- Created on Thursday, 27 March 2014 19:47
- Written by IVN
Washington, DC - Senator Dianne Feinstein and Congressmen Ken Calvert, Jim Costa, Jeff Denham, Kevin McCarthy, Devin Nunes and David Valadao today sent a letter to Interior Secretary Jewell and Commerce Secretary Pritzker calling on their departments to evaluate the operating criteria that govern the Central Valley Project and the State Water Project in order to capture as much water as possible from this week’s storm.
Full text of the letter follows:
March 27, 2014
The Honorable Sally Jewell
Department of the Interior
1849 C Street, N.W.
Washington, D.C. 20240
The Honorable Penny Pritzker
Department of Commerce
1401 Constitution Ave. N.W.
Washington, D.C. 20230
Dear Secretary Jewell and Secretary Pritzker:
We are writing to urge you to immediately evaluate the operating criteria that govern the Central Valley Project (CVP) and the State Water Project (SWP) so that actions can be taken as soon as possible to capture the maximum amount of water from this week’s storm in California.
We begin by contrasting two different circumstances under the drought:
Extremely Low Water Allocations to Agriculture
•An unprecedented zero percent allocation for SWP water contractors
•Zero percent allocation for CVP agricultural water service and Friant Division contractors
•A historically-low 40 percent allocation for senior water rights holders (Settlement and Exchange contractors)
•500,000 acres of farm lands to be fallowed
•100,000 head of cattle expected to be lost
•At least 10 communities potentially running out of water soon without relief action
Minimal Endangered Fish Incidental Take
•Adult Delta smelt – 0 out of 155 allowed
•Juvenile Delta smelt – 0 out of 1,007 allowed
•Winter Run Salmon – 276 out of 24,237 allowed (1.1%)
•Spring Run Salmon – 0 taken based on various levels of concern
•Steelhead – 148 out of 3,000 allowed (4.9%)
These numbers show that existing protections for endangered fish are more than adequate. On the other hand, our constituents’ farms and communities are facing potential devastation. From our view, it is apparent that there is a significant imbalance of regulatory burdens.
Let us be clear: A disaster of great magnitude has been unfolding in our communities, and will continue to worsen with each passing day if relief is not provided
Ever since the State’s drought declaration on January 17, 2014, there have only been two major storms in California. With much of the rain season behind us, California has received only about 50 percent of normal precipitation. The principal reservoirs for the CVP and SWP – Shasta and Lake Oroville – and San Luis Reservoir in the South Delta are still below 50 percent of capacity, and the snowpack is less than 25 percent of normal.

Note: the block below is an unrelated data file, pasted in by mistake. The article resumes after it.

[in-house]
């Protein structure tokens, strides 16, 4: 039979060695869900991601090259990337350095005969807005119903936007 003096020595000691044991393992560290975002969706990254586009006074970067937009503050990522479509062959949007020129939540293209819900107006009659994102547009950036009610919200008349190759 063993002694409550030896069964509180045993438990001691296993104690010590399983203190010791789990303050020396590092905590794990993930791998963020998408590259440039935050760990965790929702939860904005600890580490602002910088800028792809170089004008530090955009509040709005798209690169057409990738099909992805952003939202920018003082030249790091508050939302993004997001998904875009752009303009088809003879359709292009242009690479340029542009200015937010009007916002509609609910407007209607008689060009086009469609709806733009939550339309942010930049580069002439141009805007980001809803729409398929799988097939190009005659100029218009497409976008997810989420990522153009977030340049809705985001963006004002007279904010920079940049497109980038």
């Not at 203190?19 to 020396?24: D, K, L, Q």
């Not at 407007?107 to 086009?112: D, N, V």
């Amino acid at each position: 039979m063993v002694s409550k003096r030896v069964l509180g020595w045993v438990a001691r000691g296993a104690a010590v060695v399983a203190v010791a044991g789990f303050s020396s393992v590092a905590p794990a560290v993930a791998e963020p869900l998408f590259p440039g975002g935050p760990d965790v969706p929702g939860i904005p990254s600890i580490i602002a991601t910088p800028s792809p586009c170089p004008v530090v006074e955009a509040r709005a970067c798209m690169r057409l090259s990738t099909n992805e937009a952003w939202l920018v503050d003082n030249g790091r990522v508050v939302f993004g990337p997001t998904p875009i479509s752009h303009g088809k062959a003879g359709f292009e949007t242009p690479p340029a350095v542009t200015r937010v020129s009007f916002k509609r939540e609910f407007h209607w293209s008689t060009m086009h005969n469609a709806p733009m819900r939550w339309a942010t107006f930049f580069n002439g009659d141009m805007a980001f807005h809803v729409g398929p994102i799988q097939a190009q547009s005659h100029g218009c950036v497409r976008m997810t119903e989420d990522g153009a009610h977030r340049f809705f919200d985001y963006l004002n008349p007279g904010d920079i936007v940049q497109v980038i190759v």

Farms and communities north and south of the Delta are suffering from the drought’s severe effects. Besides lost or fallowed acreage and damage to livestock, highly valuable trees and vines are being cut down. The socioeconomic impacts – such as unemployment – will be disastrous.
According to the National Weather Service, two storm systems will be passing through California this week. The central and northern Sierras expect to see more than two inches of rain; higher elevations could receive four to six inches. The San Joaquin Valley could receive between 0.25 to 0.75 inches of rain. The far northern reaches of the State could see up to 5 inches of rain. The Sierras can also expect between 3 to 16 inches of snow depending on location and elevation.
Based on historical weather patterns, these storms could be our last chance this year to receive, capture, and move a sizable amount of water to those farms and communities that desperately need it for public health and safety and for their livelihoods that are under severe threat.
Biological opinions issued by your Departments regulate the amount of water that can be exported from the Sacramento-San Joaquin Delta in order to protect endangered fish. However, based on the data we cited above, there is clearly no imminent threat to any of the key protected fish species that is attributable to water pumping operations.
We understand that your Departments have to consider other factors, such as salinity levels in the Delta and the need for pulse flows. Still, this latest data strongly suggest that there is significant leeway for the Bureau of Reclamation, the U.S. Fish and Wildlife Service, and the National Marine Fisheries Service to alter current water operations to benefit water users without risking jeopardy to protected species.
This latest rain storm is occurring as we speak. You have authority under the law and, we assert, the obligation, to immediately take advantage of the rare, and likely the last, opportunity this year to capture and move water to bring relief to millions of Californians, and to mitigate the large-scale drought disaster that has struck our State. We urge you in the strongest terms to take action without delay.
Thank you for your urgent attention to this very important matter.
Dianne Feinstein, U.S. Senator
Ken Calvert, U.S. Representative
Jim Costa, U.S. Representative
Jeff Denham, U.S. Representative
Kevin McCarthy, U.S. Representative
Devin Nunes, U.S. Representative
David Valadao, U.S. Representative